News & Views on Child Nutrition
For Parents, Educators, and Health Professionals
by Connie Evers, MS, RD
Issue 55, August 2005
UPDATED 1/2014
"Five Peas" -  free handout
Ask Connie: Nutrient Needs for active teen boys

Just for Kids: Set a S.N.A.C.K. Goal (free download)
RECIPE: Salubre Layered Mexican Dip
Sesame Workshop - Healthy Habits For Life
We Can! Ways to Enhance Children's Activity & Nutrition


"Five Peas" for Raising a Veggie-Loving Child


Click here to download the "Five Peas" handout.


Ask Connie: Nutrient Needs for active teen boys

Q. Just wondering what particular nutrients in specific are necessary for active 15 year old males. How can fast food purchases be cut to a minimum?

A. Adolescent males have the highest TOTAL nutrient need of any age/gender group. Their rapidly growing bodies coupled with a high activity level increases their requirements for virtually all nutrients, including vitamins, minerals, carbohydrate, protein, fat and water. A "normally active" 15-18 year-old male needs about 20.5 Calories per pound of body weight. For a 150 pound teen, that comes to 3075 calories! If they are involved in sports or regular exercise, their needs will be even higher. For instance, during pre-season conditioning camp, the average high school football player requires roughly 26 calories per pound.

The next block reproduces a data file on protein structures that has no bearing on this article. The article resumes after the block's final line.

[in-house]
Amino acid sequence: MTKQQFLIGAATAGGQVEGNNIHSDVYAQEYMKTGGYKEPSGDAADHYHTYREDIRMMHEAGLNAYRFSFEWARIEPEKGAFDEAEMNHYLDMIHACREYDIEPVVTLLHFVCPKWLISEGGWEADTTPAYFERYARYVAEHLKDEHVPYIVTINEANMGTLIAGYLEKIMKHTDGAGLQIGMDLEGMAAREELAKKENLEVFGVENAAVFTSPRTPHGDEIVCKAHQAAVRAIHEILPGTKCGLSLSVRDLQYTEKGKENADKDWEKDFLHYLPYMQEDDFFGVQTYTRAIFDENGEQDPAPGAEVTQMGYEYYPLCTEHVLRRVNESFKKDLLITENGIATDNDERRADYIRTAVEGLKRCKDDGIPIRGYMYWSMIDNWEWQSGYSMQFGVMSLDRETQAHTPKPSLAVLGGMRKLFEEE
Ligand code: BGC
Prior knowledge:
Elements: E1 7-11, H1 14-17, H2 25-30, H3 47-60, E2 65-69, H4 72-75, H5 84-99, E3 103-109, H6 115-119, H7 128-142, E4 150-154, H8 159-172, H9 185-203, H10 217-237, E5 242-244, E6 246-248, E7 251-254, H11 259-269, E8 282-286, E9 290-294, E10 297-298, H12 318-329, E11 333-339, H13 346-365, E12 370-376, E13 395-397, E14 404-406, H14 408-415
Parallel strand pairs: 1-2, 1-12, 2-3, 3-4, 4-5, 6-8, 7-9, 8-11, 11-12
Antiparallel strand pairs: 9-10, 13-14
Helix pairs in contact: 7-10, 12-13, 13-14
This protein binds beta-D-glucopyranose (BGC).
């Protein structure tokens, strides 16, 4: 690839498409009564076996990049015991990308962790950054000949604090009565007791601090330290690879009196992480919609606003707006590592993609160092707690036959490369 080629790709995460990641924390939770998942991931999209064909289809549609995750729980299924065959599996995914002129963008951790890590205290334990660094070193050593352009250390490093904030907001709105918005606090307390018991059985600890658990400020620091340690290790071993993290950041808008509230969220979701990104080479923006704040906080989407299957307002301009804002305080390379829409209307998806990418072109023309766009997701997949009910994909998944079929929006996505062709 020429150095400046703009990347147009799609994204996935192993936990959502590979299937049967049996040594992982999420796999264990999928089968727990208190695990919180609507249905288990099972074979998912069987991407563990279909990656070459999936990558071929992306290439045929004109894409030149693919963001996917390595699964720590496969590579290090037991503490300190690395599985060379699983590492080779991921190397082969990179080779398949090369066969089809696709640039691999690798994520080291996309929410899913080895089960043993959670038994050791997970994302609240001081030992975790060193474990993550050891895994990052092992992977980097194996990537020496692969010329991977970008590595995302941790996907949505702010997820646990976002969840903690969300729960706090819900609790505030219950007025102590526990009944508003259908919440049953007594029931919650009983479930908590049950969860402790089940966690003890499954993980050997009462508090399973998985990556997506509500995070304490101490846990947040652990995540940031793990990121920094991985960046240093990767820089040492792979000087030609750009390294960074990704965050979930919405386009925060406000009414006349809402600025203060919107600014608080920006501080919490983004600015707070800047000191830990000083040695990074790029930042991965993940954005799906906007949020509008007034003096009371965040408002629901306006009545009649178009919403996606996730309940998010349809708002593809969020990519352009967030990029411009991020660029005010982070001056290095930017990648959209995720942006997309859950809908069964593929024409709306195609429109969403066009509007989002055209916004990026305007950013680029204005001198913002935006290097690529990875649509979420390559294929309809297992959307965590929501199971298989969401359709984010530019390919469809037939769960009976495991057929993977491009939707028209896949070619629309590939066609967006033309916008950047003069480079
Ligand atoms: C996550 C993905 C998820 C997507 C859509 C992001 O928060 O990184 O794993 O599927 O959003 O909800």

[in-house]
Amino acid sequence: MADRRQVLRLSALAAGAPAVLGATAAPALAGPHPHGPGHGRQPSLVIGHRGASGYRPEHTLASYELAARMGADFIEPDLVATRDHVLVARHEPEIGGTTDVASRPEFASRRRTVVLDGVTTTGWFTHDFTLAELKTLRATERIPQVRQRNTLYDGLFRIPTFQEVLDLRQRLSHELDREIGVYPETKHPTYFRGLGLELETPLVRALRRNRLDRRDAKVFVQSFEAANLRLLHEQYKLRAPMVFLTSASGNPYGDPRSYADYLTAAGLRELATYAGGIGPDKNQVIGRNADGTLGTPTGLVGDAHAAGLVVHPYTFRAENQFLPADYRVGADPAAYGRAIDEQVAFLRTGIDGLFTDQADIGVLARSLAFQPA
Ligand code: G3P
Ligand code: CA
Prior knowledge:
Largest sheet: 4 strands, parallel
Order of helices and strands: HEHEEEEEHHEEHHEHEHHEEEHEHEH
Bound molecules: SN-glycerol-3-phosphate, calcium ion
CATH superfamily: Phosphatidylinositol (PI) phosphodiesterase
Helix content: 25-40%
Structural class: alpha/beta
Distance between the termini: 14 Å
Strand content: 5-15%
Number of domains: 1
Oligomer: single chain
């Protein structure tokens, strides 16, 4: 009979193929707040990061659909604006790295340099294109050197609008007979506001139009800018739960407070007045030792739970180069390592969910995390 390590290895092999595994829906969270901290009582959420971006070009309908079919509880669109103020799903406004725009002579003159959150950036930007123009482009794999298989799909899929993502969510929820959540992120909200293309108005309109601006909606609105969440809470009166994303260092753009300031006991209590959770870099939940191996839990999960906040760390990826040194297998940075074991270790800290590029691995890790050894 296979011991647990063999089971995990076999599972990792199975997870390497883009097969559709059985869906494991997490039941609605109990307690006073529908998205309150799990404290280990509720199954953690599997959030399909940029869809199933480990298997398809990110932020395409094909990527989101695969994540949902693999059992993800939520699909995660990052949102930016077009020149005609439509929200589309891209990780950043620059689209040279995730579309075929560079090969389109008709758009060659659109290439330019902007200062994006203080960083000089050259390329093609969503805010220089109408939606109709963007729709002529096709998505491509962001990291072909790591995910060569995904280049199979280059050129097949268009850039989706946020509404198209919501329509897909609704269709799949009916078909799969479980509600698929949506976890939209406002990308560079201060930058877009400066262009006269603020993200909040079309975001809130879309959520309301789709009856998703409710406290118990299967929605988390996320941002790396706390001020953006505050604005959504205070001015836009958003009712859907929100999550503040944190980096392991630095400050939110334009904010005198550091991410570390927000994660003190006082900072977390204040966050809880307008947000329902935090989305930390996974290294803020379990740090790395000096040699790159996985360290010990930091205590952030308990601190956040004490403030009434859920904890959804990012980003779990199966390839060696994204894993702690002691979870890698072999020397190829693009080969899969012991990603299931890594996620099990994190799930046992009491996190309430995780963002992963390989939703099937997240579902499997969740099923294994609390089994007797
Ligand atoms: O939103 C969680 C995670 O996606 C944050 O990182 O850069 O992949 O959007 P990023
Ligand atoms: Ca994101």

With such a high calorie need, it is much easier to get all the necessary nutrients in a day's time, simply because boys this age can eat a lot of food. It is still possible to be missing out on important nutrients though, if the diet consists of just a few types of foods. I would really encourage limiting fast food dining to a maximum of once weekly and encourage boys this age to choose salads along with their burgers.

One activity I do with teens is to have them plan balanced meals from fast food restaurants. Most restaurants now publish the nutrient content of foods served and usually post it on their corporate websites. I normally suggest the guideline of 800-1000 calories per meal (for teen males) with at least four of the five food groups represented and a goal of 27-33 grams of fat per meal. They are often surprised to learn how hard it can be to plan a meal within these guidelines! They also learn which restaurants offer the choices that they need to plan a more balanced meal.

MyPlate can serve as a guideline for healthful eating, although it's important to note that the calorie levels suggested on the MyPlate site are estimates and each individual may need more or less calories. For an active, 15 year-old male, the site suggests 3000 daily calories and the following recommended food group servings: 10 ounces grains (at least 5 should be whole grains), 4 cups of vegetables, 2.5 cups of fruit, 3 cups of milk and 7ounces of protein. An additional 10 teaspoons of oil and 510 "extra" calories are included in this meal plan.

Three meals and 2-3 snacks daily are usually necessary in order to meet the high energy needs of this group.


Just for Kids: Set a S.N.A.C.K. Goal
(including a free download)